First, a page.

Labor has unveiled its own plan to push down power prices, and accused the coalition party room of "eating itself" over energy policy.
Simpler pricing and capped power price deals will cut $165 from the annual bill of more than a million households, with small businesses to save $1500 per year, Labor claims.
Opposition energy spokesman Mark Butler says the party speaks with "one voice" on the issue, unlike the government with some MPs openly against the National Energy Guarantee.
"Malcolm Turnbull is heading a government that is eating itself on power," Mr Butler told reporters.
The opposition's plan would protect customers from price gouging by introducing a new regulated capped offer to the market.
Labor will work with the states to implement a key recommendation of the Australian Competition and Consumer Commission from its inquiry into retail energy prices.
That recommendation would introduce a 'default' offer consistent across all energy retailers, instead of "outdated" standing offers which can vary considerably.
It would also make it easier for consumers to compare offers and save money by simplifying how energy retailers display discount pricing.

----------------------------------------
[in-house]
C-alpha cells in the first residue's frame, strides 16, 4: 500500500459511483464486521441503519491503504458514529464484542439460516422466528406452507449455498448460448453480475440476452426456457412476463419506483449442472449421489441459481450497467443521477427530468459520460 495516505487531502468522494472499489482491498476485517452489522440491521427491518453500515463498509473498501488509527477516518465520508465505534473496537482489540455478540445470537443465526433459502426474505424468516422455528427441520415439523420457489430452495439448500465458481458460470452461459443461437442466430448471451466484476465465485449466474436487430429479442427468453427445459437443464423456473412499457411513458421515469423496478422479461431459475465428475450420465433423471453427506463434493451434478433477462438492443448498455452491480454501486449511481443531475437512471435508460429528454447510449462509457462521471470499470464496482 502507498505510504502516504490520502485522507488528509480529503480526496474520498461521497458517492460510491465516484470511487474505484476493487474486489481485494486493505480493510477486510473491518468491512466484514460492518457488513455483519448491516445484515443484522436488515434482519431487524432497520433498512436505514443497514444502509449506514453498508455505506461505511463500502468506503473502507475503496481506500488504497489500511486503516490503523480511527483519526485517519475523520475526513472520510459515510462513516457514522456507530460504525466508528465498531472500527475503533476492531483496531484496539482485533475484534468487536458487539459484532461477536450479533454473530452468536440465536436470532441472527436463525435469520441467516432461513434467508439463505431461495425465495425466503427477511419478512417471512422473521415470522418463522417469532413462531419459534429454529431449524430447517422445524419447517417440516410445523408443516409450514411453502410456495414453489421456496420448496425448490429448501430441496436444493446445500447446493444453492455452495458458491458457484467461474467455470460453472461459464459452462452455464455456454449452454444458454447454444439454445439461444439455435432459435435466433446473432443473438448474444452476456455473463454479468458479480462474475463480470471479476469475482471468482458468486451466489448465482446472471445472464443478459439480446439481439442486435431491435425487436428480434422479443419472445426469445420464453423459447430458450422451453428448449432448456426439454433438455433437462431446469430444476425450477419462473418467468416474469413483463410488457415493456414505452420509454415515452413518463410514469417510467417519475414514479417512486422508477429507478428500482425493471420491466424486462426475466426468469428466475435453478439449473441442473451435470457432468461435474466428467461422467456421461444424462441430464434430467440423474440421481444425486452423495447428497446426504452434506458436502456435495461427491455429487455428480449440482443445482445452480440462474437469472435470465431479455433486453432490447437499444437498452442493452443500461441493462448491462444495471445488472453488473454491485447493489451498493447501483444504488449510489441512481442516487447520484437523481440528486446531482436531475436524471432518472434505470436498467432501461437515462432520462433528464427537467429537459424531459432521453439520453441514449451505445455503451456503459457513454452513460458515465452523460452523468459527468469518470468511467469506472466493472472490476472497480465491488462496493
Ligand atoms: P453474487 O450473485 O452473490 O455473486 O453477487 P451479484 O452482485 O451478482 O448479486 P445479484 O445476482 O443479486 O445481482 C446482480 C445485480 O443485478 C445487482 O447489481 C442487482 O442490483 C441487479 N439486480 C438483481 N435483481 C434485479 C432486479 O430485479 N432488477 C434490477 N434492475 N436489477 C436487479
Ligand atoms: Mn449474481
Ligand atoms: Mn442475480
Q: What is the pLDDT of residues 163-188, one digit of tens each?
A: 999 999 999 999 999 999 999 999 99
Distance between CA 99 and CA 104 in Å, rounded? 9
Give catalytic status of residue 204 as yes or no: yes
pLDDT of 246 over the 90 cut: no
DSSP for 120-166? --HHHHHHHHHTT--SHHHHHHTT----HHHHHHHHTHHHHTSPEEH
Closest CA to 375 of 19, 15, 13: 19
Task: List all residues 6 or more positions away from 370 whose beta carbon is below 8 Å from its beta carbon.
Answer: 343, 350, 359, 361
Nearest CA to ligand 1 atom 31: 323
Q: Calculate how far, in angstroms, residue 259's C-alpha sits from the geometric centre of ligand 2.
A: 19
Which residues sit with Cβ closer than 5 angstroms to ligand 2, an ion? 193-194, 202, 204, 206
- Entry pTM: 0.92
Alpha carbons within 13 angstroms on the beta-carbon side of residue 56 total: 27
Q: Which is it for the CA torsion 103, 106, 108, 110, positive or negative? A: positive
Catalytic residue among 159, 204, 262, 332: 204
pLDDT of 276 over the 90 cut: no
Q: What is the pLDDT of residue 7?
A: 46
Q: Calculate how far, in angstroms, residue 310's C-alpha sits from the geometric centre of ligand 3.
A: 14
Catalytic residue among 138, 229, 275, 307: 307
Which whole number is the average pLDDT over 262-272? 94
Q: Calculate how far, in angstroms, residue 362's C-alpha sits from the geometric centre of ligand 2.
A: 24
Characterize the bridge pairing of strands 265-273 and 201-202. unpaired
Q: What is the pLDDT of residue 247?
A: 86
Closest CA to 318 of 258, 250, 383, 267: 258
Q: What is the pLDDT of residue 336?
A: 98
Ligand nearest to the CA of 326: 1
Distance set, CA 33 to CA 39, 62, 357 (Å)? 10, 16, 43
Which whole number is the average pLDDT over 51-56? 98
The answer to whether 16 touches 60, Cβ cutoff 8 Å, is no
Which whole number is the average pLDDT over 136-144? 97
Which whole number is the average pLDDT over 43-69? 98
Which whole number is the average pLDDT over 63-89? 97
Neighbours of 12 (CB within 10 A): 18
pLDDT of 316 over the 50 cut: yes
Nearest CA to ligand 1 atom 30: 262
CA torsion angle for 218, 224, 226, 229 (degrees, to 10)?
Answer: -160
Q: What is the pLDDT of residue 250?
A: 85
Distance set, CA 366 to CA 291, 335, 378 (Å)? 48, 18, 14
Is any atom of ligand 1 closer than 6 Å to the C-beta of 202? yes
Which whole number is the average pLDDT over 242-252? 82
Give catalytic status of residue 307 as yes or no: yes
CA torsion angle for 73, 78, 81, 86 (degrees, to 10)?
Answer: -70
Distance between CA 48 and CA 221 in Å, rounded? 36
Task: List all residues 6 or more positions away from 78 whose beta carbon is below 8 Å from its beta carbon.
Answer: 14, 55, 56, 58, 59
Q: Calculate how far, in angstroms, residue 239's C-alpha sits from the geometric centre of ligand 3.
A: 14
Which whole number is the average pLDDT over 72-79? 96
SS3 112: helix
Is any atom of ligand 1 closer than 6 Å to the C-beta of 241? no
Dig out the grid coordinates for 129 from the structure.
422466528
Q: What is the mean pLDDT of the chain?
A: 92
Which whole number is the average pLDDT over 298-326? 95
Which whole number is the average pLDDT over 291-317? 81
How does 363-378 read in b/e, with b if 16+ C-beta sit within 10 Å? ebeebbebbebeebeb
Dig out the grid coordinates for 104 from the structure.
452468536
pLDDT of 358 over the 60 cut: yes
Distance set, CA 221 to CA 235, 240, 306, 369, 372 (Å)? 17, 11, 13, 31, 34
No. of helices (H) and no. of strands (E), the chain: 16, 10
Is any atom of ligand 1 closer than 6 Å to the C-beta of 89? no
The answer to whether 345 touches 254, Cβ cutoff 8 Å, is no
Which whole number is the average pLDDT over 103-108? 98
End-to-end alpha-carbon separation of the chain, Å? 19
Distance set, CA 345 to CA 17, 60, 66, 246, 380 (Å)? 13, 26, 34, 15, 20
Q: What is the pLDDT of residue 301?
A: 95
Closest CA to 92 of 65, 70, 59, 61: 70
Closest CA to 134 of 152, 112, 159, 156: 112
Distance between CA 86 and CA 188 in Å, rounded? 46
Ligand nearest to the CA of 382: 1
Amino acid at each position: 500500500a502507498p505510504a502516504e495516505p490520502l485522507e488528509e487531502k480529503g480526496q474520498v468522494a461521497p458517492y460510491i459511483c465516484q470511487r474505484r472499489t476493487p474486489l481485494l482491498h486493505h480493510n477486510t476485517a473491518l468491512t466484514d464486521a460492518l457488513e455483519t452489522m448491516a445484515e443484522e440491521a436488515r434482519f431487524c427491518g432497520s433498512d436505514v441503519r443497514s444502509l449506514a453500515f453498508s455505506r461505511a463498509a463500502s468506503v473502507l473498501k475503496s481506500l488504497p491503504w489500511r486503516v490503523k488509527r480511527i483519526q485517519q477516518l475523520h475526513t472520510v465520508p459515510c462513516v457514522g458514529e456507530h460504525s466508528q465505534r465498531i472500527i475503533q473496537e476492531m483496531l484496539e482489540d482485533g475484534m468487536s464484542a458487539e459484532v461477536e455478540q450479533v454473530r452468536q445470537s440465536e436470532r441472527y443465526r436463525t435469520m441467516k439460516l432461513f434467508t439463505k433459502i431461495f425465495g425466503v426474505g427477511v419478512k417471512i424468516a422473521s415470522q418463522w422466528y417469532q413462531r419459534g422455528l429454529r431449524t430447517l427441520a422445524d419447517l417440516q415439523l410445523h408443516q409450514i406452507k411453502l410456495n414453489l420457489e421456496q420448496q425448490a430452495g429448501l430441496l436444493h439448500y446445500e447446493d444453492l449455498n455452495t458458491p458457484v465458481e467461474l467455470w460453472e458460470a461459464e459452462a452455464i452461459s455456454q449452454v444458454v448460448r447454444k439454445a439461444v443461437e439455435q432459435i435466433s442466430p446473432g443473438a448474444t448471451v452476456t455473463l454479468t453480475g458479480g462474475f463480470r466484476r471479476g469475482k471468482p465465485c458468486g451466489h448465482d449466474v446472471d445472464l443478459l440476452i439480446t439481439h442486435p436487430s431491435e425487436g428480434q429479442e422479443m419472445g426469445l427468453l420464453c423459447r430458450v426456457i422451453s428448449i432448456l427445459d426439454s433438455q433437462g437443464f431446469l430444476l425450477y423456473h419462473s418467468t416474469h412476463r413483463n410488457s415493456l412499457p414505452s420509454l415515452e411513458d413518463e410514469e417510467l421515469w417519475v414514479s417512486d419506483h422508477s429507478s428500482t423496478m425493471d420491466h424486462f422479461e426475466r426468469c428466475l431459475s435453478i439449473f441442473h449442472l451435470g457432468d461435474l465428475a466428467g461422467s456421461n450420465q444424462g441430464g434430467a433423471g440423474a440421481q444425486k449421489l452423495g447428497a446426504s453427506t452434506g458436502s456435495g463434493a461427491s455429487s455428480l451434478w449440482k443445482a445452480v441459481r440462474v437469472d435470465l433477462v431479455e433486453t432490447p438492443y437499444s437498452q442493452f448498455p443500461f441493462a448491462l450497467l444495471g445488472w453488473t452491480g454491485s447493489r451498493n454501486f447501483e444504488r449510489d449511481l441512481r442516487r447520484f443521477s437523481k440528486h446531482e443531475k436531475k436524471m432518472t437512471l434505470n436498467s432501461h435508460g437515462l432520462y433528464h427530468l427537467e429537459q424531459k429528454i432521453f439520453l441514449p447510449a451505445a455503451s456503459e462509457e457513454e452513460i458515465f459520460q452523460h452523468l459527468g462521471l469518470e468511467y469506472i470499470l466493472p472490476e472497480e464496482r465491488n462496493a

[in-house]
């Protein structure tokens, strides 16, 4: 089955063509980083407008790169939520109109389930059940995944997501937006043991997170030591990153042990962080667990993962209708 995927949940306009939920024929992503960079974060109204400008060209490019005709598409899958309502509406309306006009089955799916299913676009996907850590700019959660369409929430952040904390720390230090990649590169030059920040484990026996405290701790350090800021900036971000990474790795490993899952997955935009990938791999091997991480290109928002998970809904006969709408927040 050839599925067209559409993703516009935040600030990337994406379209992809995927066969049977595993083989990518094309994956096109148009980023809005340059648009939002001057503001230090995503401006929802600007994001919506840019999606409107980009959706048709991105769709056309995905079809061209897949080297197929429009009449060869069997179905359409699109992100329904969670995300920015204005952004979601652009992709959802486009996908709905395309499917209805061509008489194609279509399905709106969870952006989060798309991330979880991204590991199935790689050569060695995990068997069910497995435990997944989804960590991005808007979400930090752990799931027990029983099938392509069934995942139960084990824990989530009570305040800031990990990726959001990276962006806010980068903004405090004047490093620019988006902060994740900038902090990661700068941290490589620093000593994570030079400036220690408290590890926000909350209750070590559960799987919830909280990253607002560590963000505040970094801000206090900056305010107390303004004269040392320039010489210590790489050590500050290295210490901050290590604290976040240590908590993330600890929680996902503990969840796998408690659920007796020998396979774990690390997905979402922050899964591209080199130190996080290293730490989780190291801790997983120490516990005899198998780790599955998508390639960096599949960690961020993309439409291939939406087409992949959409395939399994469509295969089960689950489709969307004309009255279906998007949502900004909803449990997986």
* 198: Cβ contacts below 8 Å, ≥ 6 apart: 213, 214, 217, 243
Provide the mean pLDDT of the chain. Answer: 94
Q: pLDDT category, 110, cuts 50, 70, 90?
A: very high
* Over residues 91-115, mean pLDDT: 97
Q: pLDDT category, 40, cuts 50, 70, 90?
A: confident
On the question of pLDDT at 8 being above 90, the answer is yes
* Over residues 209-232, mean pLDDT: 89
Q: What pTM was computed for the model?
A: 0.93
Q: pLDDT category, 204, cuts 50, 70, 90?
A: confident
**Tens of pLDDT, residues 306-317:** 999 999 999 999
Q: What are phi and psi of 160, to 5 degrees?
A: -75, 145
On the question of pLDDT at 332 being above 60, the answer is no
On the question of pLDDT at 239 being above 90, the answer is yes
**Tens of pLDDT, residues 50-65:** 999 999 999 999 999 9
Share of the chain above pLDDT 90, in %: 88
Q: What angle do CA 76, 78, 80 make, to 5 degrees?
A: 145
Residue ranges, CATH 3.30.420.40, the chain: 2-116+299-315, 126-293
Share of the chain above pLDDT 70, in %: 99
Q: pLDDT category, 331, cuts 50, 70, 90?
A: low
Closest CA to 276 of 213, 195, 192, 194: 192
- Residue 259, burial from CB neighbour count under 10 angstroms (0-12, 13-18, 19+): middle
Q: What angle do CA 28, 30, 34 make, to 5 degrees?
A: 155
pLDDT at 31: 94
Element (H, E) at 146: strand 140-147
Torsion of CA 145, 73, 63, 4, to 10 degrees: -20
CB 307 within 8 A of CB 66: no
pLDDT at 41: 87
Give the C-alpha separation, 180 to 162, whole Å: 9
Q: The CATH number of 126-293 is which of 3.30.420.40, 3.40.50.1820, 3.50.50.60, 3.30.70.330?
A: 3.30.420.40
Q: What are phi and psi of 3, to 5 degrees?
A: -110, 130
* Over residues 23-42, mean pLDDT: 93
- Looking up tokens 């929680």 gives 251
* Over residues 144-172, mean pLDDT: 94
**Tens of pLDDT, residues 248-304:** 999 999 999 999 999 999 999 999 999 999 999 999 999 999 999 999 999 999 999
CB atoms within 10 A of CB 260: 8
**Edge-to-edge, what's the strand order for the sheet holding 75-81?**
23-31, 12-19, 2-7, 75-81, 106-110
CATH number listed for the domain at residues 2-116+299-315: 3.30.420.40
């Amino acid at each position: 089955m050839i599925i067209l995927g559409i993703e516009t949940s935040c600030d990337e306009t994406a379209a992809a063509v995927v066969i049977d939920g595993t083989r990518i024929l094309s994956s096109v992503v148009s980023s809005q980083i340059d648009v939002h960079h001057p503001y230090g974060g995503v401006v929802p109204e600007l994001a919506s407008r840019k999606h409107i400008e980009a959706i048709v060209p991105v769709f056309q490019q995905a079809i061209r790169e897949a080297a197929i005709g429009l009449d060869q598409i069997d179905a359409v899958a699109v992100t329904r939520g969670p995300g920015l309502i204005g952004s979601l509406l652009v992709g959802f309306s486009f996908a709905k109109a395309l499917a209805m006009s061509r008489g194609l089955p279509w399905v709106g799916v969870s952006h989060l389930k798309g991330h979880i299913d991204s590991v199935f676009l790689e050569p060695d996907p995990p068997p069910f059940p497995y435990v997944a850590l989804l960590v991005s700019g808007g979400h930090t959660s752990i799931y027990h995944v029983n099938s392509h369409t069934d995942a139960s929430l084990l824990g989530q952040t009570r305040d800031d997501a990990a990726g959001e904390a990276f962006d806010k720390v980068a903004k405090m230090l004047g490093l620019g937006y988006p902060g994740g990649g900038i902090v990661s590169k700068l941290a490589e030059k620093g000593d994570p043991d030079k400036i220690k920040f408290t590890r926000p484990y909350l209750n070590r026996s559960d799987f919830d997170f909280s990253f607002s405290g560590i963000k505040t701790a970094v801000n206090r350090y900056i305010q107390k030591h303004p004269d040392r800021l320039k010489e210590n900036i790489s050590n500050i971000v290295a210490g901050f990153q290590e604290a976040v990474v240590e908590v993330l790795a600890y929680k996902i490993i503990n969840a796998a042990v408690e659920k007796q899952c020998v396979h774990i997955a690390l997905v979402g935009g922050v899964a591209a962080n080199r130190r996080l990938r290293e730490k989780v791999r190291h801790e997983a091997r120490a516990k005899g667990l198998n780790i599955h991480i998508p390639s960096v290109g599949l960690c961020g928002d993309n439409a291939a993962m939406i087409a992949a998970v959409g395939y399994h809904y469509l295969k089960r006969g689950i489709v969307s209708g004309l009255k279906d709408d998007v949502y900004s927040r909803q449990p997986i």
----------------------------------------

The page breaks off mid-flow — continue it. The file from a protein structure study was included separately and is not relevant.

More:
The default price would be set independently in each jurisdiction, with the Australian Energy Regulator tasked with delivering the reforms.
Labor claims the changes will mean increased transparency, simpler bills and downward pressure on prices.
Treasurer Scott Morrison said in embracing the idea of a default price - an idea the coalition had flagged support for "some time" ago - Labor was trying to pass off the government's work as its own.
"If Labor want to support the work the government is doing, that's fine. I would then encourage them to go further," Mr Morrison told AAP, suggesting the party should back the coalition's plan.
Labor has also committed to reaching 50 per cent renewable energy in Australia by 2030.
Australian Associated Press